Nissan sold two generations of Silvias badged as Datsun 200SXs in the United States from the 1976 through 1983 model years, then sold the subsequent Silvia generation here as the Nissan 200SX until 1989. Today's Junkyard Find, found in a yard just south of Denver, is a nicely preserved example of the final year of the S110 Silvia, as well as of the Datsun name.
Unlike its third generation which had the upmarket sporty sedan segment largely to itself, when the fourth generation Maxima (A32) arrived in 1995 there were numerous new competitors from all directions. In its home market, the American-centric Maxima faded away and was replaced by the more internationally flavored Cefiro. Notably, the Cefiro wore Infiniti I30 styling in advance of its North American debut. In addition to the handful of variants for other markets like the Maxima QX and QX (which both wore Cefiro clothes), the A32 Maxima was also transformed into a very important car for the Korean market. Let’s talk about some business deals.
It turned out that 1994 was a high point for the Nissan Maxima. The third-generation sedan was just about the ideal mix of driving dynamics, quality, luxury, and whiz-bang tech features. It was offered in well-equipped GXE trim for lovers of comfort, and sportier SE for Sports Enthusiasts (or something). After its introduction for the 1989 model year, Nissan made relatively few changes to its impressive sedan.
Sales were around 100,000 units in its first two years, and then around 85,000 for the next two years. But in its final model year of 1994 the third gen’s sales nearly doubled, to 163,138. It was time for a new Maxima in 1995. It was a generation that branched out to become other interesting vehicles but also started the model’s decline.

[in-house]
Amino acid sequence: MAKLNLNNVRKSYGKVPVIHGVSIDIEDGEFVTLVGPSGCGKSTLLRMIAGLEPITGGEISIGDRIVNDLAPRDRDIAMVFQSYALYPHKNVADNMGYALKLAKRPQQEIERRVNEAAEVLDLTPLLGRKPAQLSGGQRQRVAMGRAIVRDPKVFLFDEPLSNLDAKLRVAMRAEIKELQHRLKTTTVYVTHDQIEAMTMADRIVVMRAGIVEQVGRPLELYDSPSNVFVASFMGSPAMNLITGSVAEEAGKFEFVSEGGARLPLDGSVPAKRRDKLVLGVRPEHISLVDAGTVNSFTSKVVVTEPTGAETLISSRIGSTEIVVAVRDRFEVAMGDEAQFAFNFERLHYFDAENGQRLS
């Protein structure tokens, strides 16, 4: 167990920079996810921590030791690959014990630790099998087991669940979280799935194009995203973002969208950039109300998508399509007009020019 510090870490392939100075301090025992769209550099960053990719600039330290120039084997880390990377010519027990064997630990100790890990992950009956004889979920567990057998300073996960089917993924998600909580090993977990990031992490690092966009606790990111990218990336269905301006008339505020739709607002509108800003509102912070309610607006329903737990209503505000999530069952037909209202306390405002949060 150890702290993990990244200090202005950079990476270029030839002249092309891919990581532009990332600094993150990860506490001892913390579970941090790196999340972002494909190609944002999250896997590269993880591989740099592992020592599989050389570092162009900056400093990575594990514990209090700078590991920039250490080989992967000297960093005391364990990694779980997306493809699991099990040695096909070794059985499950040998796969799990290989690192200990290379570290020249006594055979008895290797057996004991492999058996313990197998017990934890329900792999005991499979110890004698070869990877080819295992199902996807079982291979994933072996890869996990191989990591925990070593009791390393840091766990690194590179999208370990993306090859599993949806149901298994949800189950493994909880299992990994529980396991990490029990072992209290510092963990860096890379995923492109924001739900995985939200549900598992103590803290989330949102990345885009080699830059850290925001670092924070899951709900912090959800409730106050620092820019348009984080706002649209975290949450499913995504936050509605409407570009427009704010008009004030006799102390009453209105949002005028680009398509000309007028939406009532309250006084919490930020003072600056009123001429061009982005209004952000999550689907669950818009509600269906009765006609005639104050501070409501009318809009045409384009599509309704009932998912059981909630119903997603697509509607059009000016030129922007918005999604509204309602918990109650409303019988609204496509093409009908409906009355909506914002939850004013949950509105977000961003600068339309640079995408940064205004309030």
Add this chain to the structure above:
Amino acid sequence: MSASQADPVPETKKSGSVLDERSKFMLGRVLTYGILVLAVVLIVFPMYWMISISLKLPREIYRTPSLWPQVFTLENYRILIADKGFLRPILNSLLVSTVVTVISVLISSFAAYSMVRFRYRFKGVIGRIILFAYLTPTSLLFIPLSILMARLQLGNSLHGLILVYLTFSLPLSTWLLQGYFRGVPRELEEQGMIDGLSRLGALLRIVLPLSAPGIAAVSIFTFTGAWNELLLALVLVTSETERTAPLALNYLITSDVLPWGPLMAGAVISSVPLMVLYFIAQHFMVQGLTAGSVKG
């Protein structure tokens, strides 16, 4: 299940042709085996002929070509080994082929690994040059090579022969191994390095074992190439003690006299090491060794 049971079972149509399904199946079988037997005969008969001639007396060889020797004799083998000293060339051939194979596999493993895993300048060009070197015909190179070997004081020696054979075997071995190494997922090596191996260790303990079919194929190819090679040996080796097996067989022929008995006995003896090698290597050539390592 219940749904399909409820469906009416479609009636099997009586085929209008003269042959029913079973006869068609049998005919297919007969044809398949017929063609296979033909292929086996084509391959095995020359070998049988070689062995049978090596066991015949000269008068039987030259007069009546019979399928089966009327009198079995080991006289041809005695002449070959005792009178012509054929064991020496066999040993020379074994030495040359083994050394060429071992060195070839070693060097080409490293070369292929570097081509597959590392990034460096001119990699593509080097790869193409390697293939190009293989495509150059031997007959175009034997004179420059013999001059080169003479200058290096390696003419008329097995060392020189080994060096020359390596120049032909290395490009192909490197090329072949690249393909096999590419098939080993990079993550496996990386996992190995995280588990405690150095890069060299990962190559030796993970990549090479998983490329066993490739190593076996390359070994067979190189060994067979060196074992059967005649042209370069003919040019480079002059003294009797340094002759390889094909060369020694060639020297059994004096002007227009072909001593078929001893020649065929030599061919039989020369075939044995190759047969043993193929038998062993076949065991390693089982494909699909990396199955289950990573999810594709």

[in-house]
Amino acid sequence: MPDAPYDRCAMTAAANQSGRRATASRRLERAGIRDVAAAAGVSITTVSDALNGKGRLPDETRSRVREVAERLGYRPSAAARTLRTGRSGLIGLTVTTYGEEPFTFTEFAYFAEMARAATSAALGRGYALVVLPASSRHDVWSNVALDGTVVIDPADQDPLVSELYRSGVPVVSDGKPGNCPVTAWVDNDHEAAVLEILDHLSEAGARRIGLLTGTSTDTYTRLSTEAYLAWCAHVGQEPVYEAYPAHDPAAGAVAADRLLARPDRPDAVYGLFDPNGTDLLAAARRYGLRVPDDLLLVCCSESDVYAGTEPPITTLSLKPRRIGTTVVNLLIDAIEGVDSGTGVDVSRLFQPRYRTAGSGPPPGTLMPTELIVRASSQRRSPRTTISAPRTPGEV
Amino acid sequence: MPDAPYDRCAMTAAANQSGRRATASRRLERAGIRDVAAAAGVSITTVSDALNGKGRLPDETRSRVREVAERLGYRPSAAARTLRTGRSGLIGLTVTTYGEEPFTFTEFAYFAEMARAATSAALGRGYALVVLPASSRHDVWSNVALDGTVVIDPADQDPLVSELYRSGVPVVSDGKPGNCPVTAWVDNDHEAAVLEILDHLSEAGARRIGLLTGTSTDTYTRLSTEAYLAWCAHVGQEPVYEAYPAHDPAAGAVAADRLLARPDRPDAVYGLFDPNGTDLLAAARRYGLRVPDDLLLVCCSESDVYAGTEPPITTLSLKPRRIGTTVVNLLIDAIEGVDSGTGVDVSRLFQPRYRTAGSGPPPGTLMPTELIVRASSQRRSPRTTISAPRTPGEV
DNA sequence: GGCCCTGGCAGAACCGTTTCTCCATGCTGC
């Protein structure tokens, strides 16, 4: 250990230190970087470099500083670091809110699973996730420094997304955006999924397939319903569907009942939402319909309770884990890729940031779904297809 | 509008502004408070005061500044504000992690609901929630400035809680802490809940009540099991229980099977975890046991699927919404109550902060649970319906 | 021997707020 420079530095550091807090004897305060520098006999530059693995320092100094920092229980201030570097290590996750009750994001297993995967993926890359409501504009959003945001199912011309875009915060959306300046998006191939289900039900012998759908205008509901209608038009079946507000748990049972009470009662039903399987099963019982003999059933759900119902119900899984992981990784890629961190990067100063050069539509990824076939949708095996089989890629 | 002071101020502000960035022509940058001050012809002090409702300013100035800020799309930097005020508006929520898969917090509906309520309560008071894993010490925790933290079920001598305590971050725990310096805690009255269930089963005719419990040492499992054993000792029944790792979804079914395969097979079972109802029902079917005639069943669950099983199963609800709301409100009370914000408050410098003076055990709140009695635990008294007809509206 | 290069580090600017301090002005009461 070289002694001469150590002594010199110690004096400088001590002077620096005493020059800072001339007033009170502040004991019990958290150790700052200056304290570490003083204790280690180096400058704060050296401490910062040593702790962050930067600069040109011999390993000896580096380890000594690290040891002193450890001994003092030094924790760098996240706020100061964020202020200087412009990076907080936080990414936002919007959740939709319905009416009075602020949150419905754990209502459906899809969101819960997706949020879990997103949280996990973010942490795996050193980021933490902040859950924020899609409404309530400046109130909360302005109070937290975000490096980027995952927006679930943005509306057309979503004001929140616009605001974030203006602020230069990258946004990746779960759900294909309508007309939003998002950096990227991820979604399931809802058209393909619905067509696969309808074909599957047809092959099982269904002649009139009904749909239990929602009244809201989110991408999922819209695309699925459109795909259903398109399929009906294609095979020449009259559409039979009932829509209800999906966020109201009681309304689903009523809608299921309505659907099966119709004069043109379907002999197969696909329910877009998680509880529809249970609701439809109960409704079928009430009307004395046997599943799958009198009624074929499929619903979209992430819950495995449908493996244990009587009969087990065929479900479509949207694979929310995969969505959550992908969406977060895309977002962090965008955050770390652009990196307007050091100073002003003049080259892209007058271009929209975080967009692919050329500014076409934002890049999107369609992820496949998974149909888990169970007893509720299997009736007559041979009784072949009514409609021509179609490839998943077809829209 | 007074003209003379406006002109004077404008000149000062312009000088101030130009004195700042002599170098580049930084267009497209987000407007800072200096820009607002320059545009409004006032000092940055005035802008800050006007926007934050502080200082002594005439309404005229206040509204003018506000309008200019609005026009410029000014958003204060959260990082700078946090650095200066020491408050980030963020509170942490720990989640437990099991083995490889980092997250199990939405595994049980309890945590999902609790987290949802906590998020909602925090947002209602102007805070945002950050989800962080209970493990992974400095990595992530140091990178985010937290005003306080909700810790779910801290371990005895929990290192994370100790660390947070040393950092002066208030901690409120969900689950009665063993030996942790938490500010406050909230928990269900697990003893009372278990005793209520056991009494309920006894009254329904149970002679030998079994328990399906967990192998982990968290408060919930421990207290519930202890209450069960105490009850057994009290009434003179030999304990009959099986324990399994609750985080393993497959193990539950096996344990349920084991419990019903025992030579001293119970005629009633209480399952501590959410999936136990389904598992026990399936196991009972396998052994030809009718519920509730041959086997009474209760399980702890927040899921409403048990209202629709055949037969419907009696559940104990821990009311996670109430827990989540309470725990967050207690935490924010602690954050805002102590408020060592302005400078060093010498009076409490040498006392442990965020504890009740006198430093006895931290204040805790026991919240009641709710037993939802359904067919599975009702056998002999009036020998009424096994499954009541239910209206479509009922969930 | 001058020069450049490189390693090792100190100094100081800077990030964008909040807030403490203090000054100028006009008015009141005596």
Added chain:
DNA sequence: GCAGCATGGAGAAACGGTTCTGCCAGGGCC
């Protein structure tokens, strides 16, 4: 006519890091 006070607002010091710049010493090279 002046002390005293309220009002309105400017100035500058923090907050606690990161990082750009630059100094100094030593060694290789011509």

The new third-generation (J30) Nissan Maxima went in a bold new direction from its predecessors. Larger, more luxurious, more technologically savvy, and better made than the first two, the third Maxima was the first to cater to the North American market. The Maxima’s sudden transformation was so complete that it diverged from its former sibling the Bluebird to become an entirely separate model. First up today, we consider 4DSC styling.
We return to our Abandoned History coverage of Daewoo Motors in the early part of the Sixties. Korea was a newly independent nation still in the process of building its economy after many decades of Japanese occupation. The new Korean government seemingly relied on two tenets in its earliest years: Centralized control and openness to bribes.
Both those factors were at play when the government handed the production of all passenger cars to a single company, Saenara Motors. Via a huge loan and technical assistance from Nissan, Saenara built Korea’s first car, the Saenara (Datsun) Bluebird via knock-down kits assembled in South Korea. But once the government noticed there was too much capital flowing out of the country, they banned Saenara from buying more kits from Japan. The scraps of bankrupt Saenara were picked up by another company, Shinjin.
After its short-lived first generation outing as a rear-drive car from 1981 to 1984, the PU11 Maxima of 1985 adopted the front-engine, front-wheel drive format the Maxima kept permanently. But that wasn’t the only precedent set by the PU11, as Nissan decided to move forward with V6 engine configurations and leave the inline-six in the past.
The addition of the sporty SE trim with its monochromatic details, and fancy electronic options like a Sonar Suspension System were both indications of where Nissan was headed with the Maxima. It was a sportier and more interesting direction than its stiffest competition, the staid and conservative rear-drive Cressida. Sales showed what buyers preferred, as the Maxima outsold the Cressida many times over throughout the mid-Eighties. And at the end of the decade, Nissan gave customers more of what they wanted with the very first 4DSC, a four-door sports car.